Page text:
I may be misunderstanding your point, so if I have, apologies. You seem to have an idea of what the future leader should be, but I really don't know what kind of characteristics a leader needs to have to deal with the kind of COIN operations that I think are going to be the mainstay of military tactics.

I think good generals are bred under adverse but not too bad conditions, i.e if they have to actually struggle against opponents but have enough resources on their side to think beyond the needs of only the day. It takes time and lots of opportunity to learn under practical conditions. Most great military leaders I can come up with had to cut their teeth in comparatively low positions, learning the basic trade. Most also committed a few blunders early in their career. I think modern technology works against the development of 'military genius', WW2 being something of a watershed.

"somehow this talk of bombers with nuclear warheads is kind of, like... not Hilzoy."

And yet, strange to say, I agree with Bob on this one. I take it that the point is not whether it makes sense to threaten people with nuclear weapons, but whether, if we have one, we want (a) a threat that leaves several hours for negotiation, and can be recalled if those negotiations work, or (b) a threat that just vaporizes people without warning. Like Bob, I opt for (a).

Besides, there's no reason I can think of that Bob should be me. (I, at least, would find that pretty unnerving.)

As would Bob, I'd guess.

Hi, hilzoy! I hope you are well!

...(a) a threat that leaves several hours for negotiation, and can be recalled if those negotiations work, or (b) a threat that just vaporizes people without warning. Like Bob, I opt for (a).

I'm still not clear on the logic of this. It was mentioned up-thread, but I'll re-state this in my own words:

Even with a bomber, at some point you would have to drop the bomb to actually use it. How is that point any different than the point at which you press the button on an ICBM? Why wouldn't those hours of negotiations taking place while the bomber was on its way simply take place while the button-pusher was waiting? It's not the decision to send the bomber that's critical. It's the decision to actually drop the bomb, which, once done, cannot be recalled any more than can a missile. What am I missing here?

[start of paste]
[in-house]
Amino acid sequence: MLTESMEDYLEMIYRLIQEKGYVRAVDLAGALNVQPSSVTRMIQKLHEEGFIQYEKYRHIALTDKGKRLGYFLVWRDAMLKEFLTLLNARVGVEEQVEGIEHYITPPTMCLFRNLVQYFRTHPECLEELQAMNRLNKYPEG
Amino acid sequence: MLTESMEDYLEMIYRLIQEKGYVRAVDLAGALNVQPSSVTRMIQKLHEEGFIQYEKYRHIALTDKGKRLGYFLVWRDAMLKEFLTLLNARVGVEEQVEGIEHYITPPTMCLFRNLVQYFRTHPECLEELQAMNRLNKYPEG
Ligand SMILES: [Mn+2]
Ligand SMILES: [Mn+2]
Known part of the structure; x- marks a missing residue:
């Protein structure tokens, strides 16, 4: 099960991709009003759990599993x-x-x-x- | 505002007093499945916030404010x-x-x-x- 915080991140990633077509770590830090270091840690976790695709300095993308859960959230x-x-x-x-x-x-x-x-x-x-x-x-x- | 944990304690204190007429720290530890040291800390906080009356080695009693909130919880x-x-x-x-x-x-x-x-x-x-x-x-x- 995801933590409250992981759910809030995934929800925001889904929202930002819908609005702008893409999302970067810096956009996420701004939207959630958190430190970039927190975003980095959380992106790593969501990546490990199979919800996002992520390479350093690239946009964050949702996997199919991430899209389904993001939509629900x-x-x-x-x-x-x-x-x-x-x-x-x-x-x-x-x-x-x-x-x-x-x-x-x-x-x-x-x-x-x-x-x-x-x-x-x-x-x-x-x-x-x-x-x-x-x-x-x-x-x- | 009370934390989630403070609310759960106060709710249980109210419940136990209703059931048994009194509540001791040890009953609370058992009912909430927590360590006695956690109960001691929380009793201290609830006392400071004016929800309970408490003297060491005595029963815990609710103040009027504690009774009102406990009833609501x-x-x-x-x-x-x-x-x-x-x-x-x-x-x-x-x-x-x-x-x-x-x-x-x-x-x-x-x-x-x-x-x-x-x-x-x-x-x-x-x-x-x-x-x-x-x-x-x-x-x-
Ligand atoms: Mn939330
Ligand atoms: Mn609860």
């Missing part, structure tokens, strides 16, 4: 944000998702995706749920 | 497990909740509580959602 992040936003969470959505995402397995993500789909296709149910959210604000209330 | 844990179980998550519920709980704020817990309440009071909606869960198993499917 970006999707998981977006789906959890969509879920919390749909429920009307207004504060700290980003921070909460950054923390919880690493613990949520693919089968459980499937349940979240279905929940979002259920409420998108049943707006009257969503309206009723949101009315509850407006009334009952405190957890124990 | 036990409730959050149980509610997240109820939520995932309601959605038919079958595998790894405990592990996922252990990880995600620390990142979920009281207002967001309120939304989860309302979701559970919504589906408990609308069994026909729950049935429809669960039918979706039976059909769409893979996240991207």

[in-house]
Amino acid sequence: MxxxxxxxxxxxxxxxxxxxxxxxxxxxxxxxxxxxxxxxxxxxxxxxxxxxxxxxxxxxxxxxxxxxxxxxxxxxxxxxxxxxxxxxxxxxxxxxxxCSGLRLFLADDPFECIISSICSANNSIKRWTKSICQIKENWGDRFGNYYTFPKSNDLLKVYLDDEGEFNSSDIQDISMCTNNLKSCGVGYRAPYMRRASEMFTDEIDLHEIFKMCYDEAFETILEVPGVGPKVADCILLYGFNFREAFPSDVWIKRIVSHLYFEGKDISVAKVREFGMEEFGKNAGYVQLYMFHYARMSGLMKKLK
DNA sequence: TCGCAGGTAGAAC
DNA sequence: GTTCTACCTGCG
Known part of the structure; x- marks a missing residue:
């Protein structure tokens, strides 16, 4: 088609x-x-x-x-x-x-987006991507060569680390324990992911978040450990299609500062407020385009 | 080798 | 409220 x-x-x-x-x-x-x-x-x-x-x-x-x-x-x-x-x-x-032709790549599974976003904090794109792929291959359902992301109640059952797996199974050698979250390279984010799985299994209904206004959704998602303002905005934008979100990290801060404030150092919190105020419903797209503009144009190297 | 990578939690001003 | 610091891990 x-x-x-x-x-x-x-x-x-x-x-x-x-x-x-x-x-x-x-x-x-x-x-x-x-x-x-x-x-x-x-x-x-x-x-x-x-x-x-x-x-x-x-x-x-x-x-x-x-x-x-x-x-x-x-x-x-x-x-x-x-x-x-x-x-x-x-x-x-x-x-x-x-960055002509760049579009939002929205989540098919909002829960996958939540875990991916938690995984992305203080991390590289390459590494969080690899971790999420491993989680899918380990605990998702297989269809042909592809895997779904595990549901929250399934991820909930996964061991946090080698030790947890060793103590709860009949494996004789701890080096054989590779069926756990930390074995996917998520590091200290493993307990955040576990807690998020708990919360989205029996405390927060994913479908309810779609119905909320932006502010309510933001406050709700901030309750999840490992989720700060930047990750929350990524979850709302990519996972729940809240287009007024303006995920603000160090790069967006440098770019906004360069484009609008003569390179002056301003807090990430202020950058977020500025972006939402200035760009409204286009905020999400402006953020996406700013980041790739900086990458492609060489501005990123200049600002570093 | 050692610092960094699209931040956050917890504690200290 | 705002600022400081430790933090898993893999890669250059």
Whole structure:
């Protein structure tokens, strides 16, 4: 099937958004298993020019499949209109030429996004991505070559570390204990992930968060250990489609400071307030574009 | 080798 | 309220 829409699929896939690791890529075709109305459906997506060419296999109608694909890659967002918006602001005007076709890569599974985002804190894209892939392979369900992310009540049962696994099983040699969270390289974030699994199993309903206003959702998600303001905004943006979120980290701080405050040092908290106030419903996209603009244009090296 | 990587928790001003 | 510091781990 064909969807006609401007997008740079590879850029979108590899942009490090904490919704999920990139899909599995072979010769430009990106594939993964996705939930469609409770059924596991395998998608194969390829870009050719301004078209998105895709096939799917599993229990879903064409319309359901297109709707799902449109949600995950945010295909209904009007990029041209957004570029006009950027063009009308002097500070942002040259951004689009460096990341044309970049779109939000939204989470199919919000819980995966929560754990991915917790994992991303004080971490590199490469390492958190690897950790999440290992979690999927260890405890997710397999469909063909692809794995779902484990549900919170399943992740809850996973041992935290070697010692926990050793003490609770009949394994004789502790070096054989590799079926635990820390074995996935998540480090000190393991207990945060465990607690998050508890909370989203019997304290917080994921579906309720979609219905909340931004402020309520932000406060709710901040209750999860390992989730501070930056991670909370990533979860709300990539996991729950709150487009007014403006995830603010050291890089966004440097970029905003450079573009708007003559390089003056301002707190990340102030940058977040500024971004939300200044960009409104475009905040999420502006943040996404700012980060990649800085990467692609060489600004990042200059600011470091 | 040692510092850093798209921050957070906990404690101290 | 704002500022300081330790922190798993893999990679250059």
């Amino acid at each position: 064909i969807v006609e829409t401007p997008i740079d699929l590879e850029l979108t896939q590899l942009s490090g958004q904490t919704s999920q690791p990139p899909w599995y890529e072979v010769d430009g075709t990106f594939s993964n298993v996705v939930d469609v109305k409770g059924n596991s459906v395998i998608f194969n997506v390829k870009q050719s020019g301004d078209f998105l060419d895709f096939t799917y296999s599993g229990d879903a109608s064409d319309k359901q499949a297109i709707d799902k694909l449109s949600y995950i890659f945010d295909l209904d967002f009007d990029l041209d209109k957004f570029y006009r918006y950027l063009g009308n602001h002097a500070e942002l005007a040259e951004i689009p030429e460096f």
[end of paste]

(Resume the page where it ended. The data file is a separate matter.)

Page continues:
LJ:

Well, I was really (if vaguely) talking about, or talking around, the question of how much responsibility various levels of the military have for participating in war crimes. Which is, it seems to me, right up this blog's alley.

But I also admit that I am operating from a position of seething rage and even resentment, that no-one with the power to do so seems to have effectively pointed out that the Iraq war was clearly criminal from the start. I feel like I'm urged to view military people as braver, more noble, devoted to the public good, defenders of my freedom -- but when push came to moral shove, they folded like a pack of cards.

No-one listened to me, a Dirty Frakkin' Hippie, when I said the Iraq War was illegal and impractical: what did I know? But who were the people who *should* have known, and why didn't they know, and if they did know why didn't they say anything.

For the kind of money the US pays, we should be seeing a military that is better at its job -- which also means, better at recognizing when something *isn't* it's job, and when some jobs shouldn't be done.

I feel betrayed, and I want to know who did it.

Thanks Dr. Science, I missed the thrust of your point. Identifying those responsible is an important and probably an ultimately frustrating task, but what bothers me most is the way this has been more of a systemic failing rather than feeling that particular person or persons should be held responsible. (I do think that Bush and Cheney should be careful about travelling overseas and if they happened to end up in front of Garzon, I think it would be altogether appropriate) Still, the sick feeling in my stomach comes from the fact that this seems less due to a specific individual and more to a world view.

@ Dr Sci and Lib Japon--

I think I should post something on the idea of a just/legal war, and what is considered (at least in my opinion) the basis for such a conflict...if that justification even exists in today's world.

Sound like fun?

@hilzoy--
Great to see you again. Send me a note on Gmail and let me know how you are doing! Great fun at the last defense salon at my place in DC; need to have another confab soon!